ΠΑΥΛΟΣ ΔΟΥΛΟΣ ΧΡΙΣΤΟΥ ΙΗΣΟΥ
ΑΦΩΡΙΣΜΕΝΟΣ ΕΙΣ ΕΥΑΓΓΕΛΙΟΝ ΘΕΟΥ
An Italian philosopher named Giorgio Agamben wrote an interesting book called The Time That Remains. In this particular work, Agamben focuses on each word in Romans 1:1, believing that it holds the key to the interpretation of Romans.
After reading the works of Barth and Stowers and many others on this particular epistle, I am very skeptical that anyone “holds the key” to its interpretation. Romans is vast and varied, full of nuance. There are beautiful passages and difficult passages. There are passages that seem straightforward, but their interpretation is twisted or shone to be more difficult than originally thought.
In this latter category, I think specifically of Krister Stendahl’s 1963 article “Paul and the Introspective Conscience of the West” (HTR 56  199–215). Stendahl takes a seemingly straightforward interpretation of Romans 7 (“I do not do the good I want, but the evil I do not want to do is what I do…” etc.) and turns it on its head by positing that our interpretation of this passage is affected largely by a post-Augustinian conscience—an introspective conscience—that could not have existed within Paul’s 1st century worldview.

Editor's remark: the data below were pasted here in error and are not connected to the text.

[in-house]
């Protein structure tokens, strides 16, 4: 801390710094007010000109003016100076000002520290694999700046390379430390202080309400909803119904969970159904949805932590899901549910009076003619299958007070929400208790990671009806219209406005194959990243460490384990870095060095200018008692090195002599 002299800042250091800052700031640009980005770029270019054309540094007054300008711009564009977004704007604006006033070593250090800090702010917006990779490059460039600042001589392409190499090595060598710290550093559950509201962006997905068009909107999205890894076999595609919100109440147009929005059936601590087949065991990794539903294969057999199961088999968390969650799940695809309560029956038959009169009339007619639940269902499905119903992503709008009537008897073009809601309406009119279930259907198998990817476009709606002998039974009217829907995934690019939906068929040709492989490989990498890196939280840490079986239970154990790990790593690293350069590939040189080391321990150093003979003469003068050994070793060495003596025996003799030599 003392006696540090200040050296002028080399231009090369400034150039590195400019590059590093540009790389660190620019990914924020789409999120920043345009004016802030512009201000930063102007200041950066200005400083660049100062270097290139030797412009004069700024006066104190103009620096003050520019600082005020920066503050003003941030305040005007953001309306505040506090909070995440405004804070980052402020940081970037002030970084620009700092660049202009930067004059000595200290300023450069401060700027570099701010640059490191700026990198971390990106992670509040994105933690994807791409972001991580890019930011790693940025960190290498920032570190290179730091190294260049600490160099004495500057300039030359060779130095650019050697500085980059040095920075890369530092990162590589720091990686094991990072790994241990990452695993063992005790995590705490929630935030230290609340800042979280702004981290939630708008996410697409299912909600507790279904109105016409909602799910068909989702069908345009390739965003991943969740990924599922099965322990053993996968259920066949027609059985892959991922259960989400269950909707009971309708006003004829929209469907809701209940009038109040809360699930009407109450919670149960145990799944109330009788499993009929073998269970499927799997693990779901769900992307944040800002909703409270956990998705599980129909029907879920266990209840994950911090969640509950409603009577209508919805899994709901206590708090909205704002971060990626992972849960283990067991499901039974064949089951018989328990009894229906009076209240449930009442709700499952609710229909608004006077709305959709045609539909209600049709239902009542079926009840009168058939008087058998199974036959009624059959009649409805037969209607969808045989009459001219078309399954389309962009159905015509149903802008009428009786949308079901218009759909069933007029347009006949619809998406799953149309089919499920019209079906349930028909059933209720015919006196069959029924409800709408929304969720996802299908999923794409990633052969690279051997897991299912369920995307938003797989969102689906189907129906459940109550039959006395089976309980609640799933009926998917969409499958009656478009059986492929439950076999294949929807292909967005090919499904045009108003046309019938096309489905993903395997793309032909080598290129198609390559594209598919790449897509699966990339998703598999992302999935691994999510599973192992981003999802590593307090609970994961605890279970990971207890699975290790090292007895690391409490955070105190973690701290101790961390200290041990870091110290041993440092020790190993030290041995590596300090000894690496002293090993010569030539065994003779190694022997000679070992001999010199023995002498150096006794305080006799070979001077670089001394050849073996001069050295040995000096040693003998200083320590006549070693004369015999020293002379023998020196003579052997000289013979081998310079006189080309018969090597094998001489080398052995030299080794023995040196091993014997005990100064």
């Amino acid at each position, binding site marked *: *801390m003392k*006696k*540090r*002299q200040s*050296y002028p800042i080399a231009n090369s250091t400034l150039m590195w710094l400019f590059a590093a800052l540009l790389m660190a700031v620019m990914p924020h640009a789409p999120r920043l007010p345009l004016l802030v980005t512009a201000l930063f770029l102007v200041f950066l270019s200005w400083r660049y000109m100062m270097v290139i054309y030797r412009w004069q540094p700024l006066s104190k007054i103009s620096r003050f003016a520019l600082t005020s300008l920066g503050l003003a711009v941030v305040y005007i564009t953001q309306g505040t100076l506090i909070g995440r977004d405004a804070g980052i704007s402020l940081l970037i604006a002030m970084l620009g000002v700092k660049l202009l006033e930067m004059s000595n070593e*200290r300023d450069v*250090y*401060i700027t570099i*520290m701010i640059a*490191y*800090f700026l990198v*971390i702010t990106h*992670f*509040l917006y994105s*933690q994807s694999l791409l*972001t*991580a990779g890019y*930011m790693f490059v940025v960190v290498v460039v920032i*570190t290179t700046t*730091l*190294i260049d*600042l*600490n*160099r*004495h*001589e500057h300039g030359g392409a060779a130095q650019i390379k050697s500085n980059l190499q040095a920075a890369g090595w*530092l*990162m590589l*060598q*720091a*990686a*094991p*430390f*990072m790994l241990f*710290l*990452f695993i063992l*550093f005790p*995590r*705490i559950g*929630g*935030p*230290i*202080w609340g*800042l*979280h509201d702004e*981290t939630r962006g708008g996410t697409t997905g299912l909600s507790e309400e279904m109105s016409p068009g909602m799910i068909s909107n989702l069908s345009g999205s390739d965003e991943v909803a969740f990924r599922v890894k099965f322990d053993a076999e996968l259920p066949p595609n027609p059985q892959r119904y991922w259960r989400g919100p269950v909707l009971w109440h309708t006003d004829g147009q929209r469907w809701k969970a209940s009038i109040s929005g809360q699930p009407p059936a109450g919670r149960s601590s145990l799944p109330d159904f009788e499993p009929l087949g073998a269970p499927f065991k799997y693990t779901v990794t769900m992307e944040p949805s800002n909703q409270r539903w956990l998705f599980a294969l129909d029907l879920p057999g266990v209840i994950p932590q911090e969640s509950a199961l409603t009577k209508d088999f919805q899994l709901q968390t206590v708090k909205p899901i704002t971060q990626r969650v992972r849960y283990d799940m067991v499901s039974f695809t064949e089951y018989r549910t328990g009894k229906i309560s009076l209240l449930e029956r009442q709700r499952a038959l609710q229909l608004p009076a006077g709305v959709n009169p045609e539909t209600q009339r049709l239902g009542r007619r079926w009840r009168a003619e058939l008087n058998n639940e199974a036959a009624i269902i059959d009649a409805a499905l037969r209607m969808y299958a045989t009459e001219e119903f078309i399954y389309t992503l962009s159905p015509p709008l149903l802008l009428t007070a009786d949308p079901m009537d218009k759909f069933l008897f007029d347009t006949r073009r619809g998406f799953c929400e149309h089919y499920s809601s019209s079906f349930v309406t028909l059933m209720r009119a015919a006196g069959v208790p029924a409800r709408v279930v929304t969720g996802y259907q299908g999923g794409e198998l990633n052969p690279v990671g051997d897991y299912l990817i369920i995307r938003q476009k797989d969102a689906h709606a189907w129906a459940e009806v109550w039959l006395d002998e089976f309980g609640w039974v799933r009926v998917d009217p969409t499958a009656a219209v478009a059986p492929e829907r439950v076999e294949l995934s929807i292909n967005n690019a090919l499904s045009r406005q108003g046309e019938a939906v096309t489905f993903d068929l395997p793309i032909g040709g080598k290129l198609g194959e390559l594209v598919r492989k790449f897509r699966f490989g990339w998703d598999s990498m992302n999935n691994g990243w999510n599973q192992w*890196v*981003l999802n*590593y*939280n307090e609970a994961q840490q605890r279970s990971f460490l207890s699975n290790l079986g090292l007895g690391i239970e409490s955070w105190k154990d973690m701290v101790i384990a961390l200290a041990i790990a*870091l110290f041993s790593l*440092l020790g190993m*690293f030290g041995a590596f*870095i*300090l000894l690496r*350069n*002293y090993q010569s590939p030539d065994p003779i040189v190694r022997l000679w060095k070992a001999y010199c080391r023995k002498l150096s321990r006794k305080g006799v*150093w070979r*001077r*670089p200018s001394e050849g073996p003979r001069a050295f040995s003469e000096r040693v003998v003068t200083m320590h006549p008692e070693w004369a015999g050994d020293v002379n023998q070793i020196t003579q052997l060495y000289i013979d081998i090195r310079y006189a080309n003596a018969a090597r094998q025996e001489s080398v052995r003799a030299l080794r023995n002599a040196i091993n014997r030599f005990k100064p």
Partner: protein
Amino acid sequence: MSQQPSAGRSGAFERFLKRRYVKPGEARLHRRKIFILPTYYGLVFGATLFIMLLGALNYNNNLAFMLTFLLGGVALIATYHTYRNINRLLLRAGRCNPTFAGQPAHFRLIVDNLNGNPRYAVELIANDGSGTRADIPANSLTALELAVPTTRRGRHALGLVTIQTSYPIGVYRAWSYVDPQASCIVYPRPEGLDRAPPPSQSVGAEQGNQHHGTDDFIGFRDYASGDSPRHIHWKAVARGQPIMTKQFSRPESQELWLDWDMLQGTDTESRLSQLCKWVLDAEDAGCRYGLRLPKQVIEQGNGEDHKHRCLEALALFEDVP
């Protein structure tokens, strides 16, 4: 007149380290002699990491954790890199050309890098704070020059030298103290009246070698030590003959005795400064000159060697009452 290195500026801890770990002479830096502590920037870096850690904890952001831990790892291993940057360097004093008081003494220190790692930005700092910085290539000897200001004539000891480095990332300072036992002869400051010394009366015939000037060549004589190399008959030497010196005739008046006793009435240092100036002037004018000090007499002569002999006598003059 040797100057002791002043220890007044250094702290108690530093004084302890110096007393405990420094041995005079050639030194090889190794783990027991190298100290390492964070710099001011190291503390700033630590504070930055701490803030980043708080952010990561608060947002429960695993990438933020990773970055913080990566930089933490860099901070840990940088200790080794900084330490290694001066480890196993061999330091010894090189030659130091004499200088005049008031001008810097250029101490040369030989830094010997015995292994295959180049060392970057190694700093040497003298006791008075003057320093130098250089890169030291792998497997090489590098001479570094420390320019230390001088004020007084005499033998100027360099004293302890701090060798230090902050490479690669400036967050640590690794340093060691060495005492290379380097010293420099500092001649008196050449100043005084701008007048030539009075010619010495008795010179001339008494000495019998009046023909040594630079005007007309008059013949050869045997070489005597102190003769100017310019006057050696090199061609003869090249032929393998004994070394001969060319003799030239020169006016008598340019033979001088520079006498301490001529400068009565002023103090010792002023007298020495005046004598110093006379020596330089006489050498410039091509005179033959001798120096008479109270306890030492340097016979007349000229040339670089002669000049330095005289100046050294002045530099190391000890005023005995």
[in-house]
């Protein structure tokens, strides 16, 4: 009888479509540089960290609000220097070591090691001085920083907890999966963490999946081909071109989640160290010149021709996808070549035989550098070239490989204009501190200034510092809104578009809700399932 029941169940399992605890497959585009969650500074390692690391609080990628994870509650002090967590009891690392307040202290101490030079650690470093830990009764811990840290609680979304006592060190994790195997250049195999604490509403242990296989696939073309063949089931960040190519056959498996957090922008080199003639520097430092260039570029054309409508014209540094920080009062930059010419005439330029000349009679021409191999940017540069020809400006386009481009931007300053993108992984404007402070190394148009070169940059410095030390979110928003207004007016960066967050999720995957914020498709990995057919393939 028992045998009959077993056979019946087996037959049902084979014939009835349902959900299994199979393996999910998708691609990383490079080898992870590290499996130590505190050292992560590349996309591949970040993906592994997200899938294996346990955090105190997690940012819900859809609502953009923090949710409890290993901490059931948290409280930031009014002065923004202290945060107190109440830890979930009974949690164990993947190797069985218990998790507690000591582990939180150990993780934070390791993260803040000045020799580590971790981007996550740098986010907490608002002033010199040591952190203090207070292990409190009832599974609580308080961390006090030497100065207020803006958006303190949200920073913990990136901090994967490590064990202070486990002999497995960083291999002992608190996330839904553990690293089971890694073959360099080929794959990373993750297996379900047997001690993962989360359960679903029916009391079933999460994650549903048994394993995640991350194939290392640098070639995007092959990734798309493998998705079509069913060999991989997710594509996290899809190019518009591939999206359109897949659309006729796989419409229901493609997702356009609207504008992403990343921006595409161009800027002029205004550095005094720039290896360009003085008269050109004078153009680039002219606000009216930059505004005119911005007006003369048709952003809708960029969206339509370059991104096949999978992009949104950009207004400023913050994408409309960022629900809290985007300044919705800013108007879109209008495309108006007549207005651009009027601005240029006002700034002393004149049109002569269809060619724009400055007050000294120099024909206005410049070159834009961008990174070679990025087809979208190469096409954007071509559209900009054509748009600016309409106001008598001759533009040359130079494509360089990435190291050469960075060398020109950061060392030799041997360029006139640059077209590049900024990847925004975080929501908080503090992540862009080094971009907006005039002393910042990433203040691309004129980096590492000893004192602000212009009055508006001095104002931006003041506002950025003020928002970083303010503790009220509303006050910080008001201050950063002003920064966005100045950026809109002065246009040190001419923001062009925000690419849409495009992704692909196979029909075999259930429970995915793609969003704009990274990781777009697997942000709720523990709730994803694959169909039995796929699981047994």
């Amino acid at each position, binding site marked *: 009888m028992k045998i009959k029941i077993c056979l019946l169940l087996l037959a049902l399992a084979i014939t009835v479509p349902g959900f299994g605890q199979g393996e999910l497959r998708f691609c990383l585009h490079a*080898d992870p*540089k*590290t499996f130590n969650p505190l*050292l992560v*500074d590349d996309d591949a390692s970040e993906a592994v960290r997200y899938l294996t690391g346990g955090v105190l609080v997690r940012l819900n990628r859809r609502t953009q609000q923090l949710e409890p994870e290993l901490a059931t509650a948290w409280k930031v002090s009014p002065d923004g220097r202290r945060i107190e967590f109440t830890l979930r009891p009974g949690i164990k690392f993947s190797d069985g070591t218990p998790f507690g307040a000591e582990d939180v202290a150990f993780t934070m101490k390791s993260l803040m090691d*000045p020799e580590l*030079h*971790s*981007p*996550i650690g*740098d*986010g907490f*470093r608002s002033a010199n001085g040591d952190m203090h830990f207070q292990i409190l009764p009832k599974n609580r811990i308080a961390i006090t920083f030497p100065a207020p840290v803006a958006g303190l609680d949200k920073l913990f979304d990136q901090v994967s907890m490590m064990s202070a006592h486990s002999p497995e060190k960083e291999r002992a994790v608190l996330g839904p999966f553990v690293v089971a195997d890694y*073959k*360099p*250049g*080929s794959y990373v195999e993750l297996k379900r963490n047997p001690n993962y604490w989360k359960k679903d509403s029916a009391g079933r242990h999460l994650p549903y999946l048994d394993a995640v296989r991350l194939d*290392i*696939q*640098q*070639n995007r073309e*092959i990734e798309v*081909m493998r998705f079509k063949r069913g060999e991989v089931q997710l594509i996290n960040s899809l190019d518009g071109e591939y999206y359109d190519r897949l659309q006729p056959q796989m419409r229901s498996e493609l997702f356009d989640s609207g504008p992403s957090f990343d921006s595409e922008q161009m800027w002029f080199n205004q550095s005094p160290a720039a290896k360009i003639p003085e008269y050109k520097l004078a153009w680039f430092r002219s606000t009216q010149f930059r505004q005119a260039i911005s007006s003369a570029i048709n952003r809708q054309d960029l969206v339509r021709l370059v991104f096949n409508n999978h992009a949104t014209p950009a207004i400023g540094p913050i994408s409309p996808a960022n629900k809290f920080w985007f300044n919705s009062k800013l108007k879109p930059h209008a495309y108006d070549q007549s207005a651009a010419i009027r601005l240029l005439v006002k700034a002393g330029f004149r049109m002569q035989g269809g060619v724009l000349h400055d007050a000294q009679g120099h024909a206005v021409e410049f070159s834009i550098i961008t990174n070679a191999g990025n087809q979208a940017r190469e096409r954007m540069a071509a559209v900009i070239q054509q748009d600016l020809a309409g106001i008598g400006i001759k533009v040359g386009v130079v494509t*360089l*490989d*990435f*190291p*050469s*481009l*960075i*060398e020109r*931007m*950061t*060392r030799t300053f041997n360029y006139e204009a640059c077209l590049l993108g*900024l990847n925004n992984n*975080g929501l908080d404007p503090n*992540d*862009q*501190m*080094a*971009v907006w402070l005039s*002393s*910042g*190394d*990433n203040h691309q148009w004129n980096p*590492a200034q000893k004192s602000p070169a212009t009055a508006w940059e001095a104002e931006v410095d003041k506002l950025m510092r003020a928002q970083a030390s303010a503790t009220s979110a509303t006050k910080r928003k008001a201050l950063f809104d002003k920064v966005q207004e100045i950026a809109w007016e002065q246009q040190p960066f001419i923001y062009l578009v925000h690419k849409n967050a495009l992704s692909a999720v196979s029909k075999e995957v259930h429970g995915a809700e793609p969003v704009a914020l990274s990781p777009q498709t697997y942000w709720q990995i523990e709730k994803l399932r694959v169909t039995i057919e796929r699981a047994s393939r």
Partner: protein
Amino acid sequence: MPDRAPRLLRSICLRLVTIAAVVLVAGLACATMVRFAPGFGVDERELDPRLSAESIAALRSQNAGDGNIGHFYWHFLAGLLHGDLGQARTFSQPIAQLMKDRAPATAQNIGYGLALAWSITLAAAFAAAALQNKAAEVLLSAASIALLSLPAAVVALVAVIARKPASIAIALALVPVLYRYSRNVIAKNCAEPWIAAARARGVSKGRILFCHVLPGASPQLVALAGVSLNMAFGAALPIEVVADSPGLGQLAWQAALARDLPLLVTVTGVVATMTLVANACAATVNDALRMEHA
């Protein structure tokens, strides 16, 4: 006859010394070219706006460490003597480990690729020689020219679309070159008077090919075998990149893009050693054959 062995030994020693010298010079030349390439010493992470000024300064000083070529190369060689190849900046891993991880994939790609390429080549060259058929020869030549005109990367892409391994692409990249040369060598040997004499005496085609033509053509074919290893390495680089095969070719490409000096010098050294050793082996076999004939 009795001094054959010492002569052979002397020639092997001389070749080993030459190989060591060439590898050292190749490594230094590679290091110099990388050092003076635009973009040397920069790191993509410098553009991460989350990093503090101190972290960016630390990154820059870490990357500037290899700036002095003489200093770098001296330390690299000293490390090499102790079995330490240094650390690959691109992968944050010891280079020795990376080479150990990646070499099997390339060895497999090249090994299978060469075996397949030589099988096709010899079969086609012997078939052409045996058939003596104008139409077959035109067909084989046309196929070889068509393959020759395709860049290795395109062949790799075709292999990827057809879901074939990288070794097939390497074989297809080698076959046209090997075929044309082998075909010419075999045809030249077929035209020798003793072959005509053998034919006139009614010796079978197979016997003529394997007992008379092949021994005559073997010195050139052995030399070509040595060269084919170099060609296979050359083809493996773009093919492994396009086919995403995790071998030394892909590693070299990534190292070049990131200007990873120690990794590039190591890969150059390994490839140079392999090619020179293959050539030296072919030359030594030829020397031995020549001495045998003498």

So, while Agamben’s exercise is interesting, it is only an exercise. However, it is one which I have embarked on, to a certain extent, with a group of college (or college-aged) students at my church. Over the last few weeks we’ve discussed key terms in Romans 1:1. In the following days, and in the following posts, I will piggy-back off of Agamben, and post some of the thoughts that we’ve had on this particular verse. No doubt, they will be quite different from Agamben, due in large part to my own “evangelical-ness.” But, I hope it’s interesting nonetheless.